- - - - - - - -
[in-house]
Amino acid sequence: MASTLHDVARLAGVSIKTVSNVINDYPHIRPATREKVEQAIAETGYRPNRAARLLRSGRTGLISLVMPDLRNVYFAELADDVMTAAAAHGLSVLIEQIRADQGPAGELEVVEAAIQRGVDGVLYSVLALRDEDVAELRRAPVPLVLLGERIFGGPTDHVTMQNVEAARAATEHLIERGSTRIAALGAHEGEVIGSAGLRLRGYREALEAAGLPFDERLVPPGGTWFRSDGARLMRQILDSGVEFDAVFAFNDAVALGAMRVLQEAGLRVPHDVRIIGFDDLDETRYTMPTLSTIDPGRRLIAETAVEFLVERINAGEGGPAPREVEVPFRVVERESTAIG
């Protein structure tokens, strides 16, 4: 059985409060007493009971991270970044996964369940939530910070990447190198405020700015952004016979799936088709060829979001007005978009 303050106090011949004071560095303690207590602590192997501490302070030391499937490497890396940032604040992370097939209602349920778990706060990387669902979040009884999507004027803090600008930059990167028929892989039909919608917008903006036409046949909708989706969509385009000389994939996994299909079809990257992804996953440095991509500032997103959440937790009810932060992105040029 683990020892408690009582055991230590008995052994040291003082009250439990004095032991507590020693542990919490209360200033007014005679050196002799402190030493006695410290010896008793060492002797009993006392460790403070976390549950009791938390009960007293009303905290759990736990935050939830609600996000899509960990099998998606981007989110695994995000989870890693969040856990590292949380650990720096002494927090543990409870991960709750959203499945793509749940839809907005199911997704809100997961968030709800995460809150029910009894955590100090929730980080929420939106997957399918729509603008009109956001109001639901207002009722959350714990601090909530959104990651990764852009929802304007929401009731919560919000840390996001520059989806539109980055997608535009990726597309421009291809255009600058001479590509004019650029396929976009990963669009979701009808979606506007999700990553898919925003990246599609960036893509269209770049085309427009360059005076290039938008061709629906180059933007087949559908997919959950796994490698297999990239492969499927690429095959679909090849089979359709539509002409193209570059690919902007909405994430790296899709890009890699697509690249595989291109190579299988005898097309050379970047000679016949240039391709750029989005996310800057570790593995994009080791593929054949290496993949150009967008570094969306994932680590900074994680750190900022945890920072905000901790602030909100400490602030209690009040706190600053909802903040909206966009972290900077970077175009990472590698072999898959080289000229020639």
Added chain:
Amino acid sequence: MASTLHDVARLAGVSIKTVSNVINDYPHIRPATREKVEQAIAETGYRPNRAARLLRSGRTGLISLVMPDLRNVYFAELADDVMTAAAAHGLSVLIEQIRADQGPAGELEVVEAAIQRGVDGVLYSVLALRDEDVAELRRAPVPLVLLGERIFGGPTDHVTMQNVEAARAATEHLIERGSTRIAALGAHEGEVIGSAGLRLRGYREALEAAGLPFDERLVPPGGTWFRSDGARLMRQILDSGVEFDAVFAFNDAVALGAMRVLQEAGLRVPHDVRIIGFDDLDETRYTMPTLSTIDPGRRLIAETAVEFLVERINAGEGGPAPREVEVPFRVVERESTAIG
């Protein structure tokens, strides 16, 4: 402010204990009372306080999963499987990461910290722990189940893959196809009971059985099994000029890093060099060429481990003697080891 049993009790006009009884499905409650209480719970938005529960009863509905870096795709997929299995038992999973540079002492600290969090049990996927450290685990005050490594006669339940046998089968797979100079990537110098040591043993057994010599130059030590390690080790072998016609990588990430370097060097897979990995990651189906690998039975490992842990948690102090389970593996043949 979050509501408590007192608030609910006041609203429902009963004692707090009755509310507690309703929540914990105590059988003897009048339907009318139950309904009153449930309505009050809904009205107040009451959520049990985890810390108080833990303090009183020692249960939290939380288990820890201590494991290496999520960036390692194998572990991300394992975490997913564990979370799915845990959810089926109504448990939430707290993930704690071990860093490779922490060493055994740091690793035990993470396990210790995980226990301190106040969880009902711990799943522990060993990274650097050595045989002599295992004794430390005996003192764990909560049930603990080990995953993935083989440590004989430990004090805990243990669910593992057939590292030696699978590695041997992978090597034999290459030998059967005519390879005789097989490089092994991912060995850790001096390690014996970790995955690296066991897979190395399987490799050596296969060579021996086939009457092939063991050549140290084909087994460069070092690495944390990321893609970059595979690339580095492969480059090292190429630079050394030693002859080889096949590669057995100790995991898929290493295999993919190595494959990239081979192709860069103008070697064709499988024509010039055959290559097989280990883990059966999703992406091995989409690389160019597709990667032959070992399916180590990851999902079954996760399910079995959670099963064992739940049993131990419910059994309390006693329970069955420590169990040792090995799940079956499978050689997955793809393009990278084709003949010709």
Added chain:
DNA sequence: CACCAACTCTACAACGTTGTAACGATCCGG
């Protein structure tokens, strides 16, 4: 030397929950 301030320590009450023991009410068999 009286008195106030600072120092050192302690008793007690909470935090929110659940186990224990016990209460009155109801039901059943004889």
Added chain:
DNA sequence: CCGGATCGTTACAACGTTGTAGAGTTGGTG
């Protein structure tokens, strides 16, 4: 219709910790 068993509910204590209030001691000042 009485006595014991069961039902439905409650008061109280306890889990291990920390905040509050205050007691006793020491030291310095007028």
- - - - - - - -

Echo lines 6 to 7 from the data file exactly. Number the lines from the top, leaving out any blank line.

């Protein structure tokens, strides 16, 4: 402010204990009372306080999963499987990461910290722990189940893959196809009971059985099994000029890093060099060429481990003697080891 049993009790006009009884499905409650209480719970938005529960009863509905870096795709997929299995038992999973540079002492600290969090049990996927450290685990005050490594006669339940046998089968797979100079990537110098040591043993057994010599130059030590390690080790072998016609990588990430370097060097897979990995990651189906690998039975490992842990948690102090389970593996043949 979050509501408590007192608030609910006041609203429902009963004692707090009755509310507690309703929540914990105590059988003897009048339907009318139950309904009153449930309505009050809904009205107040009451959520049990985890810390108080833990303090009183020692249960939290939380288990820890201590494991290496999520960036390692194998572990991300394992975490997913564990979370799915845990959810089926109504448990939430707290993930704690071990860093490779922490060493055994740091690793035990993470396990210790995980226990301190106040969880009902711990799943522990060993990274650097050595045989002599295992004794430390005996003192764990909560049930603990080990995953993935083989440590004989430990004090805990243990669910593992057939590292030696699978590695041997992978090597034999290459030998059967005519390879005789097989490089092994991912060995850790001096390690014996970790995955690296066991897979190395399987490799050596296969060579021996086939009457092939063991050549140290084909087994460069070092690495944390990321893609970059595979690339580095492969480059090292190429630079050394030693002859080889096949590669057995100790995991898929290493295999993919190595494959990239081979192709860069103008070697064709499988024509010039055959290559097989280990883990059966999703992406091995989409690389160019597709990667032959070992399916180590990851999902079954996760399910079995959670099963064992739940049993131990419910059994309390006693329970069955420590169990040792090995799940079956499978050689997955793809393009990278084709003949010709």
Added chain: